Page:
For at least a decade, North Korea has sidestepped U.S. and United Nations sanctions against its own trading and financial institutions by establishing a global network of front companies, shell companies and third-country agents to seek parts, technology and financing for its weapons programs, according to interviews with current and former counterproliferation officials and congressional documents.
These front companies rely on assistance provided by Chinese banks to gain access to U.S. and global financial systems, often by conducting transactions in U.S. dollars, and on Chinese businesses to obtain weapons parts, according to those sources.
In a little-noticed letter sent to Treasury Secretary Steven Mnuchin in February, six senators called on the administration to target Chinese banks and other entities as a way of effectively cutting off North Korea’s access to hard currency it uses to finance its illicit weapons-of-mass-destruction programs.
“With the risks of proliferation and war now at a critical stage,” they wrote, “we have no more time to waste on inaction.”
So, the solution to a military problem may be financial.

Six decades ago, when China was just as bad off as North Korea, it had no interest making peace. China backed the Norks. China had nothing to lose.

Now it does.

My guess is the Korean War will end soon (it is in its 64th year of ceasefire) without another shot fired.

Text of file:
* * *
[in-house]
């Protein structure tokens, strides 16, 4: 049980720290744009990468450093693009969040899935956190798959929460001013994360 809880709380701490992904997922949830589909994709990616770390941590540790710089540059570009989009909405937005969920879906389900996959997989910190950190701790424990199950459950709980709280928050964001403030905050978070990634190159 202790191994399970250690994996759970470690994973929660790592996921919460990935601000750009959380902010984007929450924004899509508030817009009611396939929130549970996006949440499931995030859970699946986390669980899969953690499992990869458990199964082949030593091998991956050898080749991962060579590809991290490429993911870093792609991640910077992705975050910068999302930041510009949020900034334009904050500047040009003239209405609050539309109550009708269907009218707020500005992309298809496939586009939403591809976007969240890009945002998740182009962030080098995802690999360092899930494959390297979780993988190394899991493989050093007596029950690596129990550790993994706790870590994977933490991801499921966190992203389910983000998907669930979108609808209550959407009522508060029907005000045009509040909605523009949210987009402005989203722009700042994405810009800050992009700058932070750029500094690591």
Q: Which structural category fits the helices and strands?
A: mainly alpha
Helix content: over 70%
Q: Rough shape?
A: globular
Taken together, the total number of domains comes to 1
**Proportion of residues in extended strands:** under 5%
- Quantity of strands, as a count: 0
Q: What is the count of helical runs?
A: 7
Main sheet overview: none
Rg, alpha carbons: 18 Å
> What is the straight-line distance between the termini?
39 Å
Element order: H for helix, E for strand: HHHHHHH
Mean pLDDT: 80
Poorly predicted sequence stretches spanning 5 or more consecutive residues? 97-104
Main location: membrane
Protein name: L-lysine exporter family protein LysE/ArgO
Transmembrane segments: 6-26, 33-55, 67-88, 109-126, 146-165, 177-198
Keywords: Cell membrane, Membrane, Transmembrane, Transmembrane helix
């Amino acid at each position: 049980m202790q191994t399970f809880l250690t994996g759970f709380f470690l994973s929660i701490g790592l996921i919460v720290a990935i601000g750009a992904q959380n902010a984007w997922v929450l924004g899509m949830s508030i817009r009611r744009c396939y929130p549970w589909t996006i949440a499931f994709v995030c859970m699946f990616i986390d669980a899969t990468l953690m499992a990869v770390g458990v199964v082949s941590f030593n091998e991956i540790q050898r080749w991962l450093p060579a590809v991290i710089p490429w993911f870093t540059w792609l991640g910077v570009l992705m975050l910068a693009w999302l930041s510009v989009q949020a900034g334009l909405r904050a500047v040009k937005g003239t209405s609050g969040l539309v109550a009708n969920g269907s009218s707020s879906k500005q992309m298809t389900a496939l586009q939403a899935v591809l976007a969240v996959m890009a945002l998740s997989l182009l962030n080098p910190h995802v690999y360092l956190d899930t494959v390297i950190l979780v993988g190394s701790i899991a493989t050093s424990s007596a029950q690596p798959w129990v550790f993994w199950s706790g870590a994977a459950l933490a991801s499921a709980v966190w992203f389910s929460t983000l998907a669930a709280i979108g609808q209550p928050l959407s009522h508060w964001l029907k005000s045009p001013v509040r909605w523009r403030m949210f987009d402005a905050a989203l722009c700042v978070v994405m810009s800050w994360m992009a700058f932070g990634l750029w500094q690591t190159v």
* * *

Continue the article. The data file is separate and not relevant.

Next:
But we shall see what happens.

The original, "Trump the Press" chronicled and mocked how the media missed Trump's nomination.

It is available on Kindle, and in paperback.
Then came "Trump the Establishment," covering the election, which again the media missed.

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  1. Starve the Beast. Worked with the USSR in the 80s and will work with the Norks too. Someone get a list of any and all U.S. Companies doing business with the Norks. We'll publicize it and then let the boycott begin.

    1. The US companies are not likely selling to North Korea directly. The DPRK sets up shell companies and a series of cut-outs to make the purchases. When you discover the shells and ban them, a new series of shells and cut-outs are used.

      It is a slow and thankless process that won't end until the Kim regime is gone.

      -Mikey NTH

  2. Without this their missile program doesn't "fly." They need foreign components. Probably the same for their nuclear program. If China doesn't crack down on their banks, we can.

  3. Without this their missile program doesn't "fly." They need foreign components. Probably the same for their nuclear program. If China doesn't crack down on their banks, we can.

  4. One thing to remember about the Chinese that make it to the top. They know the fate of prior Chinese that made it. They also know about the ones who made it out and how they prep their exit by building nests in other countries. A few nests have likely been constructed in NK. Defunding the shadow enterprises and fronts will involve convincing these Chinese to give up on the billions they have put into constructing those nests because Lil Kim is not going to just give them their money back. The bargain basement will turn out to have been too expensive for them.

  5. Don, do they still do the national air-raid preparedness drills in S. Korea on the 15th of each month? I visited Seoul in '86 and they did one at night---all the lights in the buildings and city streets were cut off and MP's all over the city were making people pull their cars over, get out and get inside stores and other buildings. The other thing that struck me was how major intersections didn't have pedestrian overpasses like in Japan---instead they had underpasses which could fill in as an air-raid shelter in an instant---you went down the stairs and crossed a wide expanse under the intersection to get to the far side of the street. They took the threat of war very seriously in S. Korea!